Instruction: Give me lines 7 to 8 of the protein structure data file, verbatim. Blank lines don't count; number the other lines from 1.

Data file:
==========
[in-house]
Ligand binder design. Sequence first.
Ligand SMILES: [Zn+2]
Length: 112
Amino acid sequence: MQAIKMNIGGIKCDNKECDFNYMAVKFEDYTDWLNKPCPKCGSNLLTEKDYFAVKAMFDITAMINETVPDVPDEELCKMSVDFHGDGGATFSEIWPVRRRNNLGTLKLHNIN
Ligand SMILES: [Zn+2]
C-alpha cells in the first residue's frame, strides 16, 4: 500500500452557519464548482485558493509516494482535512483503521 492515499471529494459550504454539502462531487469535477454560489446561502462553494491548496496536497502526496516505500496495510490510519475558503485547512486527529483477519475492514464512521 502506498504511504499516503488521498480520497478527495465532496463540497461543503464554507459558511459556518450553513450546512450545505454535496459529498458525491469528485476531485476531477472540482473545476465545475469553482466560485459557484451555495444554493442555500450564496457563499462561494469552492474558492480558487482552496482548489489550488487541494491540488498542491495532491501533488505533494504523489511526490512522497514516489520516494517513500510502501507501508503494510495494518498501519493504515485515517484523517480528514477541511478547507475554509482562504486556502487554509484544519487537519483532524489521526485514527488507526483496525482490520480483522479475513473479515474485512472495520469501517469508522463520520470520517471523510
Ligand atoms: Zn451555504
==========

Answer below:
C-alpha cells in the first residue's frame, strides 16, 4: 500500500452557519464548482485558493509516494482535512483503521 492515499471529494459550504454539502462531487469535477454560489446561502462553494491548496496536497502526496516505500496495510490510519475558503485547512486527529483477519475492514464512521 502506498504511504499516503488521498480520497478527495465532496463540497461543503464554507459558511459556518450553513450546512450545505454535496459529498458525491469528485476531485476531477472540482473545476465545475469553482466560485459557484451555495444554493442555500450564496457563499462561494469552492474558492480558487482552496482548489489550488487541494491540488498542491495532491501533488505533494504523489511526490512522497514516489520516494517513500510502501507501508503494510495494518498501519493504515485515517484523517480528514477541511478547507475554509482562504486556502487554509484544519487537519483532524489521526485514527488507526483496525482490520480483522479475513473479515474485512472495520469501517469508522463520520470520517471523510
Ligand atoms: Zn451555504